Doblin thinks he has the solution. I meet with the founder and president of MAPS at his house in a quiet neighborhood in Belmont. Again, as was the case with Halpern, there is little to suggest that this is the home of a leading anti-prohibitionist and one of the most important figures in the story of psychedelic-drug research. The house shows more signs of kids and dogs and a happy family life than Doblin’s work. I wonder if the neighbors know the guy next door mowing his lawn has probably taken more trips than a host of Logan-centric frequent flyers.
Doblin’s psychedelic story began in 1971, when he was 18 and wanted to become a psychedelic psychotherapist in the tradition of Stanislav Grof, who was the first to work with LSD as a therapeutic agent. But, to Doblin, there was a problem: “I was waking up as everything was being shut down.” So he dropped out of college and worked as a carpenter — and at becoming a seasoned LSD traveler. Ten years later he went back to school, recognizing that, if he was going to do anything involving psychedelic drugs that would be taken seriously, it would have to be above ground.
In 1984, Doblin’s work in psychedelic research was suddenly given a purpose. While use of MDMA was legal (it had not yet made its impact in the underground), the federal Drug Enforcement Agency (DEA) suggested it was going to start the process of criminalization. Doblin gathered together a group of above-ground researchers under the name the Earth Metabolic Design Lab (EMDL) and they decided to sue the DEA. The board of advisers included practically everybody in the field of psychedelic research at the time, including Dr. Andrew Weil and Laura Huxley (widow of the late Aldous).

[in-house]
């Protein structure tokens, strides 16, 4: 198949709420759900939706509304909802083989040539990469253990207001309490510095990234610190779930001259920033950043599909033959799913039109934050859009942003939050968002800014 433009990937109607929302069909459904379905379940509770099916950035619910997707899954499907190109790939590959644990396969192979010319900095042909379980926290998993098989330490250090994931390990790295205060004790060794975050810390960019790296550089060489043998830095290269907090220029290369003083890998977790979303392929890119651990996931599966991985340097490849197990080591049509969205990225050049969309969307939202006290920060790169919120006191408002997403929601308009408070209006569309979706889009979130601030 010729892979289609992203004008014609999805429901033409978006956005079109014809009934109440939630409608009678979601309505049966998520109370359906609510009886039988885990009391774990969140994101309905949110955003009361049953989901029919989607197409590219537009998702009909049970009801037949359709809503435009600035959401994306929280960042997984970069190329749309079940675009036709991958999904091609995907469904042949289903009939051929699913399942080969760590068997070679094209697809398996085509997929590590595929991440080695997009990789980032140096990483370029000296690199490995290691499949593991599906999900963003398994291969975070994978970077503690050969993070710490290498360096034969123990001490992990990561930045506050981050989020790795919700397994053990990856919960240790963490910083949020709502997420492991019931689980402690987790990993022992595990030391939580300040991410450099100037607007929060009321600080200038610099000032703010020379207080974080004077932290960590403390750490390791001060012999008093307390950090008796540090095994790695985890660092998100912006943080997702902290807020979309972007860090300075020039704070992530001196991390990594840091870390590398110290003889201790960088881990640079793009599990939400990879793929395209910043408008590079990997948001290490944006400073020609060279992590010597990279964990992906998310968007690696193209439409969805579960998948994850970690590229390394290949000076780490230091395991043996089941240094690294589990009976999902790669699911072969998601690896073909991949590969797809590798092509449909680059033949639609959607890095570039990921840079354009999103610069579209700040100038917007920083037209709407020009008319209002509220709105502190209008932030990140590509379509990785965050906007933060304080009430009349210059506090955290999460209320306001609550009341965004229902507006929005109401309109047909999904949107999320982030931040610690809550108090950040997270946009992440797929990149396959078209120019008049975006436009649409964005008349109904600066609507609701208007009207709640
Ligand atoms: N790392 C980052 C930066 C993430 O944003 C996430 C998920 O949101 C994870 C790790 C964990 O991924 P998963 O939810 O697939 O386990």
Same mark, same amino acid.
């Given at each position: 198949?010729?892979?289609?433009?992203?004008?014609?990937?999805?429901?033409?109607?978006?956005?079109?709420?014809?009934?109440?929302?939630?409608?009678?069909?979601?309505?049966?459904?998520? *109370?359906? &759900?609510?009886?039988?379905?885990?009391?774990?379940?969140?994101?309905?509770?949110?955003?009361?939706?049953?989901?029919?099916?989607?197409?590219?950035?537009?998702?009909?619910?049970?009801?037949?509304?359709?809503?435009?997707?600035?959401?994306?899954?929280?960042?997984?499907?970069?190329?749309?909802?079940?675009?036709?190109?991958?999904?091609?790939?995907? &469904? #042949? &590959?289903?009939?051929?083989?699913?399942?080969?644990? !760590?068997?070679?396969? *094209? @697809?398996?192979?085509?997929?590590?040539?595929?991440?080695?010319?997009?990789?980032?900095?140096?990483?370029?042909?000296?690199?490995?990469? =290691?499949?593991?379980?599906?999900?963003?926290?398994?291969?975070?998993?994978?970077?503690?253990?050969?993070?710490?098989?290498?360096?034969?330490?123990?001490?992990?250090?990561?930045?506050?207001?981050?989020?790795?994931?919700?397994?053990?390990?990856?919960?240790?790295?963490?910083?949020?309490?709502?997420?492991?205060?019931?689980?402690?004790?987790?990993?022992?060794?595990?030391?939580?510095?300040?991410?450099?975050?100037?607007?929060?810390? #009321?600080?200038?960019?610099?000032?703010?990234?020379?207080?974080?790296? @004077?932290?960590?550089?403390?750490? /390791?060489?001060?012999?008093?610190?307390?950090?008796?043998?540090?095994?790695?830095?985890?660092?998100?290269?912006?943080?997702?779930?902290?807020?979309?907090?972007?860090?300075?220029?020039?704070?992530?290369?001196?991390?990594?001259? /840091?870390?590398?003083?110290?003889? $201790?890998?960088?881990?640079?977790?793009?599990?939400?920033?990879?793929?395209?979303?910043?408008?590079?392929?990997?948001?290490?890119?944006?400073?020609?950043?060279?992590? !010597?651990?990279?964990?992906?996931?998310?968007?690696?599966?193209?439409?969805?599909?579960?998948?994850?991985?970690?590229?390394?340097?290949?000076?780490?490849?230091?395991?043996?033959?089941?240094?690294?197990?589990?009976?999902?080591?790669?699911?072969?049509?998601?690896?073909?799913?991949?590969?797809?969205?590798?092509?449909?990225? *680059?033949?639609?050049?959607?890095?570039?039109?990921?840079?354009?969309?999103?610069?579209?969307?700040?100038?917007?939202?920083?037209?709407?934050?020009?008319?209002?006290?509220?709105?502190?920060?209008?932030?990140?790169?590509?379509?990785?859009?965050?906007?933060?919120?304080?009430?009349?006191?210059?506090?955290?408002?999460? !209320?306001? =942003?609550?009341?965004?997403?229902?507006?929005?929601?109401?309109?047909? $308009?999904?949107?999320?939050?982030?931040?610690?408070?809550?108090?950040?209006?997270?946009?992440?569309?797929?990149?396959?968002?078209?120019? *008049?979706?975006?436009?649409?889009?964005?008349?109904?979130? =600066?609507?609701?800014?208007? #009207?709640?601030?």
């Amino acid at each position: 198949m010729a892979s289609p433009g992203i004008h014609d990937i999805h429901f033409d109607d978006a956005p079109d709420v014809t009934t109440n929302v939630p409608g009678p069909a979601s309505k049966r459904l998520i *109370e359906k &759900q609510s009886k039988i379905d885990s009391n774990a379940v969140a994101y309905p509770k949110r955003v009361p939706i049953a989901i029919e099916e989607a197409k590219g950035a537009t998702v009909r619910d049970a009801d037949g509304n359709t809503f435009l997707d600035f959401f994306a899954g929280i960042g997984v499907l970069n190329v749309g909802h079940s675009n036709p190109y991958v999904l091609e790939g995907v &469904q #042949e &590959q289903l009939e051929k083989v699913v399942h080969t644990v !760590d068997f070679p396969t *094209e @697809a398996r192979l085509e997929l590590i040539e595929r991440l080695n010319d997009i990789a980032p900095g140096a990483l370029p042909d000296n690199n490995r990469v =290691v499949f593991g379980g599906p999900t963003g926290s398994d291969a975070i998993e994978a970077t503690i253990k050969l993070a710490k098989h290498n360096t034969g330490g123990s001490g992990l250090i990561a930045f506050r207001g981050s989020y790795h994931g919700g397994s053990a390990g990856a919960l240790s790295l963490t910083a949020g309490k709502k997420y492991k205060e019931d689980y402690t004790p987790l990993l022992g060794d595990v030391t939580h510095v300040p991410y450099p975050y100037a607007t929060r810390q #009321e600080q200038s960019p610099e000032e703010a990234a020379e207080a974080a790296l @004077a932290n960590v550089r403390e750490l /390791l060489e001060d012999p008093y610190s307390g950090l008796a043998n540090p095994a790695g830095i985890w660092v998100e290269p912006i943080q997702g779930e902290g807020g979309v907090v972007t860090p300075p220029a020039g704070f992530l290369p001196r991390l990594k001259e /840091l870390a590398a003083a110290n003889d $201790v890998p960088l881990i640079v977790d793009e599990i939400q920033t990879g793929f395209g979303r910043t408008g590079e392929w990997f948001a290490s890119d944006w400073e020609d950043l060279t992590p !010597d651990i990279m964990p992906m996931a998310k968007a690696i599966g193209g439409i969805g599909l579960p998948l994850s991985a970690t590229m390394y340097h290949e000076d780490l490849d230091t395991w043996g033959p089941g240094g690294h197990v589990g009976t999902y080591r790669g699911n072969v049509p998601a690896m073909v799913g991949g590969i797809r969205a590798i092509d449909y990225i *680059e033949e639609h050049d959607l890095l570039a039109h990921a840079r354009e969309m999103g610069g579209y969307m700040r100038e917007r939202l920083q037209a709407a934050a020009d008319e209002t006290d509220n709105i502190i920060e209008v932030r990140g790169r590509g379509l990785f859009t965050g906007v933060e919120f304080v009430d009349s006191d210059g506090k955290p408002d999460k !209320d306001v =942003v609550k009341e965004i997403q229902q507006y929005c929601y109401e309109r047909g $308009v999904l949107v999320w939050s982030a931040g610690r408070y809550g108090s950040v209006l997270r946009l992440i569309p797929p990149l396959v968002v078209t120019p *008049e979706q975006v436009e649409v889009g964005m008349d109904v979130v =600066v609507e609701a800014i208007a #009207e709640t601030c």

By 1985, Doblin and his colleagues were making in-roads. Until, that is, Doblin was a guest on The Phil Donahue Show. As the spokesperson for the EMDL, he explained that MDMA should be a Schedule 3 drug: only illegal without a prescription. Donahue asked him what he thought about other uses. “I said I thought prohibition was a disaster and ‘recreational use’ is a pejorative term,” recalls Doblin. “It caused a big problem, and I was labeled the Tim Leary of the ‘80s.” Some of the people in Doblin’s group were government funded and many threatened to resign from the EMDL if he kept speaking out publicly against drug prohibition. “So I decided I would resign,” says Doblin.
Without Doblin’s leadership, the group dissipated. By 1986, Doblin was even more convinced that his work needed to move from the counterculture to the mainstream, and so he founded MAPS. MAPS has helped support a number of projects, including FDA-approved marijuana studies and an LSD study in Switzerland. But Doblin still wanted to pursue his teenage dream of becoming a psychedelic therapist — helping people to move through trauma and other neuroses with the guided use of hallucinogens. If he is anything like Leary, he’s Leary sans egotism and self-importance.